A stopped clock

PrechterI met Robert Prechter back in 1994 when he made an uncharacteristic stop in my home state of Vermont for a presentation at an investment conference. Prechter, an adviser guided by Elliott Wave Theory, was still riding high from his prescient sell-to-cash signal two weeks ahead of the Crash of 1987. I was pretty excited to get Prechter’s autograph in my copy of his new book, R.N. Elliott’s Masterworks: The Definitive Collection. He was, to me, a celebrity.

Fast forward to October 2007: Prechter’s once again bearish – very bearish. He was quoted in the New York Times on October 13, 2007 as saying that “the overvaluation of stocks is more extreme than the 1929 high.” He continued, “the next bear market will be the biggest in many years, probably since 1929-32.” Prechter seemed to have nailed it – the Dow Industrial Average peaked October 9, 2007 at 14,164.53 and went on to lose 54% of its value before bottoming out on March 9, 2009. Prechter basked in Wall Street’s glory for a second time, right? Nope.

The proliferation of the internet in the late-1990s changed the way investors get information. With the world-wide-web floodgates open it was widely known during the 2007-2009 bear market that Prechter’s model had been forecasting a severe downturn since 2003. In fact, he hadn’t recommended a long position since 1997! Eventually a bear market would come along and Prechter would get credit for the call. As the saying goes, a stopped clock is right twice a day. And so the accurate warning of financial apocalypse just didn’t have the same impact when put into context of an extremely long sell signal.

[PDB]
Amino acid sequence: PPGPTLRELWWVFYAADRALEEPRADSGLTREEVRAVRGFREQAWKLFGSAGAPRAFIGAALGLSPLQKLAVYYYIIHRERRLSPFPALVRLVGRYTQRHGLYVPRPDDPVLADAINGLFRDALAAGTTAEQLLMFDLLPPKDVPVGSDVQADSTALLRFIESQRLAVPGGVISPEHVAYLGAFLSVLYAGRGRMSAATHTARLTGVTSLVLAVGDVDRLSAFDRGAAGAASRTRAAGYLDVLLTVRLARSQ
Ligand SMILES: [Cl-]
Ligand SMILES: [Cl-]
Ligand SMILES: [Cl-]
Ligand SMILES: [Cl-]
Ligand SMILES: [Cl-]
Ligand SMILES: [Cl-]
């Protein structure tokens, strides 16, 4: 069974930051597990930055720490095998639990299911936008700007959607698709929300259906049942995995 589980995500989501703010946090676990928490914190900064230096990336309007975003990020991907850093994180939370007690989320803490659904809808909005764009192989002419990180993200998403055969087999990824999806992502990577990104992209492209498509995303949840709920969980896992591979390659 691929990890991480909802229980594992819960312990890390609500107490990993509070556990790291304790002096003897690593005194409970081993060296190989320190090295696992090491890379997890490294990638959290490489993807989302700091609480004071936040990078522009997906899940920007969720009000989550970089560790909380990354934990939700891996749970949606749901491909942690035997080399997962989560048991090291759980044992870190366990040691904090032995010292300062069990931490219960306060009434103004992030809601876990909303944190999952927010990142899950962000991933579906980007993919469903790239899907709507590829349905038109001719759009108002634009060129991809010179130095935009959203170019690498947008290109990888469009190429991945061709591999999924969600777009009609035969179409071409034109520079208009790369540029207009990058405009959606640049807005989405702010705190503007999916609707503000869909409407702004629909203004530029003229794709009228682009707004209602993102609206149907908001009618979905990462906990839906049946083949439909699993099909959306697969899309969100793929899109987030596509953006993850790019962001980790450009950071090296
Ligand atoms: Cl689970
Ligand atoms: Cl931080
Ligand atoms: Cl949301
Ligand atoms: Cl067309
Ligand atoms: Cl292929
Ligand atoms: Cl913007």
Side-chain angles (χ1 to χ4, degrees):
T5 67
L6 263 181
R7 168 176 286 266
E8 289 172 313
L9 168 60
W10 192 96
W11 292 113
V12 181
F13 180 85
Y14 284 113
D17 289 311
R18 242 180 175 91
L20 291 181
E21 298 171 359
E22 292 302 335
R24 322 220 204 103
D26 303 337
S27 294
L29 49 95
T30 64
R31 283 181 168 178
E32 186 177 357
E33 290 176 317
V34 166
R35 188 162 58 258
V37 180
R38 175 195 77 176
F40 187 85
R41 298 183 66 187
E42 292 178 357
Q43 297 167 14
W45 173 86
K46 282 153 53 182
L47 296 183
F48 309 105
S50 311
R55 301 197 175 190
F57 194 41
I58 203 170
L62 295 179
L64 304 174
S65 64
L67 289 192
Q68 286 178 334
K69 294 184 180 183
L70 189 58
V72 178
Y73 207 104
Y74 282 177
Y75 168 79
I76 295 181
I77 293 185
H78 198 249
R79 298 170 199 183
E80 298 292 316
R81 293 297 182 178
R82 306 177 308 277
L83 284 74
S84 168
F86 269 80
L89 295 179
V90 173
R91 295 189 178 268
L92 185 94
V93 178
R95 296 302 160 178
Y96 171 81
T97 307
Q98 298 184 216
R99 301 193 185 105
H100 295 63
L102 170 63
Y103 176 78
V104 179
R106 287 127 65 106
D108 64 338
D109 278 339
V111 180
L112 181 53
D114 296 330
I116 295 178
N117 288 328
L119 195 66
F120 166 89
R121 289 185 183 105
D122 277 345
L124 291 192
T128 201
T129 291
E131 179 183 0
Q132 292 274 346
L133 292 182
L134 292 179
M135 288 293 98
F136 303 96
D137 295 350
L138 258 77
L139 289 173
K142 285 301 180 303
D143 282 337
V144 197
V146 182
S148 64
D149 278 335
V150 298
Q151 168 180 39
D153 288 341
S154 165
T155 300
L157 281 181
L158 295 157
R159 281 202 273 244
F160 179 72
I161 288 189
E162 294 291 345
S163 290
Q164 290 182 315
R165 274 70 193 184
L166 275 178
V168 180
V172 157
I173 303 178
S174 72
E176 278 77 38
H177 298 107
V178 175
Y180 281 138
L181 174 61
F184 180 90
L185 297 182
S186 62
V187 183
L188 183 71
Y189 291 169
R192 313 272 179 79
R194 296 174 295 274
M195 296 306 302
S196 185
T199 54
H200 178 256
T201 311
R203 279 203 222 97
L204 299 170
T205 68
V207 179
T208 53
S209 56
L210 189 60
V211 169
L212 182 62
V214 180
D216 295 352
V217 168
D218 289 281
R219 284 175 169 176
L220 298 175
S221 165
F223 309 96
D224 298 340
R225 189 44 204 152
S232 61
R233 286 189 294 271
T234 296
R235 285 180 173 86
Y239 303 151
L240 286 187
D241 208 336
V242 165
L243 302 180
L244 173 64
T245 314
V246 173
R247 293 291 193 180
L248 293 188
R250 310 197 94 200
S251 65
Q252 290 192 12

The takeaway here is that today’s investors aren’t wired to sit out the market for more than a decade, as Prechter had advised. My own approach to managing market risk focuses on intermediate trends – a period that ranges from several weeks to several months long. Trading intermediate trends manages risk closely without subjecting investment capital to the wide price swings associated with longer-term methods, such as the popular 200-day average. An intermediate-trend strategy also doesn’t require the excessive trading associated with shorter term methods. It’s the sweet spot, just like Vermont’s own maple syrup on a steaming stack of pancakes.

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